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Book Cover Trend: butterflies, moths and lepidoptery

A few months ago I reviewed two books, one after the other, that were completely different save for the fact that each featured a butterfly on the cover. Then, when doing some re-shelving a little while ago, I came across another couple of books whose cover designs featured butterflies quite prominently in their designs.

I decided to go on a quick hunt to see just how many butterfly book covers there are flitting about in the world. Needless to say, my efforts turned up quite a few.

My little collection seems to contain four different types of butterfly designs: the eye-catching Blue Morpho (named for Aphrodite), the Red Emperor (named for Atalanta, and related to ‘balance’), stylised butterflies, and butterflies in jars (souls, trapped).

The popularity of the butterfly as a design element doesn’t really surprise me. Butterflies have a few things going for them. First, they’re pretty. Everyone loves pretty things on book covers.

And second, they’re deep and meaningful–their inclusion in a design results not only in some eye-popping colour, but in some oh-so-clever symbolism.

Butterflies represent change of all types, after all. Depending on the culture we’re talking about, they might indicate profound spiritual change, may be representative of the purgatorial soul, may be representative of long life (or, conversely of death), and may also represent love.

What better way of simply and eye-catchingly representing a postapocalyptic world than a pretty blue butterfly? Or using a butterfly in a jar to represent a trapped and fettered soul? Want to suggest death and doom and gloom without alienating your readers? Whack a butterfly on it. Self-discovery? Butterfly.

They’re quite handy, aren’t they?

Have you come across any butterfly covers in your travels? If so, let me know in the comments and I’ll pin them down and add them to my collection.

Shelter by Harlan Coben Book Cover Trend: butterflies, moths and lepidoptery

 Book Cover Trend: butterflies, moths and lepidoptery

 Book Cover Trend: butterflies, moths and lepidoptery

 Book Cover Trend: butterflies, moths and lepidoptery

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 Book Cover Trend: butterflies, moths and lepidoptery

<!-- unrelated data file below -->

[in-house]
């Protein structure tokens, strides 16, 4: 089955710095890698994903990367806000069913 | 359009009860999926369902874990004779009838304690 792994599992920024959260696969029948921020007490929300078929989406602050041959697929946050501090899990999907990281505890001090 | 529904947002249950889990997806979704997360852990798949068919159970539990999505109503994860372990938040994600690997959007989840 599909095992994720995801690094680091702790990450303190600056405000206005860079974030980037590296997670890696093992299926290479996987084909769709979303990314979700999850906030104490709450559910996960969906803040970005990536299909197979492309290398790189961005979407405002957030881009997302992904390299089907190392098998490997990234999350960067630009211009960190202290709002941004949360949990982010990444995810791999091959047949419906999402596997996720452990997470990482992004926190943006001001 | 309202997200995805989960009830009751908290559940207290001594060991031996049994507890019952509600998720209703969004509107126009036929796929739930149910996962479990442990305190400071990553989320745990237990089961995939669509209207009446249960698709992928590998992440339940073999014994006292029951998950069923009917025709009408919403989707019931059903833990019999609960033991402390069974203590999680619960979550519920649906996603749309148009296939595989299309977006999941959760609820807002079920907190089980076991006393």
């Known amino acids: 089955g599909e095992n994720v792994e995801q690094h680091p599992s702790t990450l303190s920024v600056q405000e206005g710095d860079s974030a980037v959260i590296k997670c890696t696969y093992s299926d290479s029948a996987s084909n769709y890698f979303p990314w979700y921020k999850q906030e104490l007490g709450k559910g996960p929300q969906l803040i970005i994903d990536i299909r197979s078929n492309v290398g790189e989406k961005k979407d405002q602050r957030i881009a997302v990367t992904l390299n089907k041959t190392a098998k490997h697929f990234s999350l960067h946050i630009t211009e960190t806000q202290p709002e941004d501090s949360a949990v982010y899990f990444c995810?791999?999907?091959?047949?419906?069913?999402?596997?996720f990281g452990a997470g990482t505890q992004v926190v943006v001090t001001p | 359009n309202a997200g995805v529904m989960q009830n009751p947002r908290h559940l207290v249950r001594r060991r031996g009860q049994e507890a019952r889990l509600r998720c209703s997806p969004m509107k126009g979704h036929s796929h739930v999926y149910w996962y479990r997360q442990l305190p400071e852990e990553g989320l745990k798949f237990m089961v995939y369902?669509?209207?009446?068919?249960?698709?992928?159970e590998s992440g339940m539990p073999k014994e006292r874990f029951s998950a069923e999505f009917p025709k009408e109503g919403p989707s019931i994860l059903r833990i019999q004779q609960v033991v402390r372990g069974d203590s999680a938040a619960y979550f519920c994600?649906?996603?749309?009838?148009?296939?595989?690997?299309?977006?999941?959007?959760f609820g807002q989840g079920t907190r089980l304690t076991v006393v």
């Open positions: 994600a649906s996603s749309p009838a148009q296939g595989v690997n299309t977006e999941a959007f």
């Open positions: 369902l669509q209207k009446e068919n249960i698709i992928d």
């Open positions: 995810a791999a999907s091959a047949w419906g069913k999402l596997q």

Book Cover Trend: butterflies, moths and lepidoptery

9781408815502 Book Cover Trend: butterflies, moths and lepidoptery

 Book Cover Trend: butterflies, moths and lepidoptery

 Book Cover Trend: butterflies, moths and lepidoptery

 Book Cover Trend: butterflies, moths and lepidoptery

 Book Cover Trend: butterflies, moths and lepidoptery

 Book Cover Trend: butterflies, moths and lepidoptery

 Book Cover Trend: butterflies, moths and lepidoptery

 Book Cover Trend: butterflies, moths and lepidoptery

 Book Cover Trend: butterflies, moths and lepidoptery

 Book Cover Trend: butterflies, moths and lepidoptery

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 Book Cover Trend: butterflies, moths and lepidoptery

Friends and Mothers by Louise Limerick Book Cover Trend: butterflies, moths and lepidoptery

 Book Cover Trend: butterflies, moths and lepidoptery

 Book Cover Trend: butterflies, moths and lepidoptery

 Book Cover Trend: butterflies, moths and lepidoptery

 Book Cover Trend: butterflies, moths and lepidoptery

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 Book Cover Trend: butterflies, moths and lepidoptery

 Book Cover Trend: butterflies, moths and lepidoptery

 Book Cover Trend: butterflies, moths and lepidoptery

declaration gemma malley Book Cover Trend: butterflies, moths and lepidoptery

 Book Cover Trend: butterflies, moths and lepidoptery

10 comments

  1. Great idea for a post! You found so many…very pretty!

    Butterflies have a lot of positive meanings I think: hope, release, joy, transformation, freedom, reinvention, healing, and more!

    • Stephanie /

      Thanks, Kelly, and thanks for sharing some additional meanings with us! :)

  2. Great list! I love this trend. It always makes for a pretty and interesting cover even if the specific book isn’t for me! A couple I’ve seen: Possession by Elana Johnson, The Other Life by Susanne Winnacker, Splintered by A.G. Howard, The Adoration of Jenna Fox, Stolen by Lucy Christopher, Exiled by RaShelle Workman, People of the Book by Geraldine Brooks, The Butterfly Clues by Kate Ellison.

    • Stephanie /

      Wow, thanks for that wonderful list, Randi! I’ll round them up and add them in. :)

      (Isn’t it curious how butterflies are more popular than, say, spiders? ;) )

  3. I didn’t notice this butterfly trend until now, I think it’s a great trend, the butterflies make all those covers look gorgeous and I’m a sucker for pretty book covers :)

    • Stephanie /

      Me too, Zino–it’s certainly eye-catching, and there’s a lot of scope for symbolism. :)

  4. I just finished reading ‘Special Topics in Calamity Physics’ (Marisha Pessl) which had a Cassius Blue on the cover (http://www.entertainment-scrapbook.com/2012/02/book-review-special-topics-in-calamity.html) – it’s where the protagonist gets her name from.

    • Stephanie /

      Thanks, Lauren! How was the book, by the way? I’ve heard a lot of good things about it.

  5. I do love butterflies on covers, especially the blue ones. The book covers I read tend to have leather clad duos or tattooed females. Maybe I should look into this butterfly trend. :)

    • Stephanie /

      There was a post that went around a few years ago about the leather-clad, tramp-stamped cover models in paranormal romance/urban fantasy. I should dig it up!

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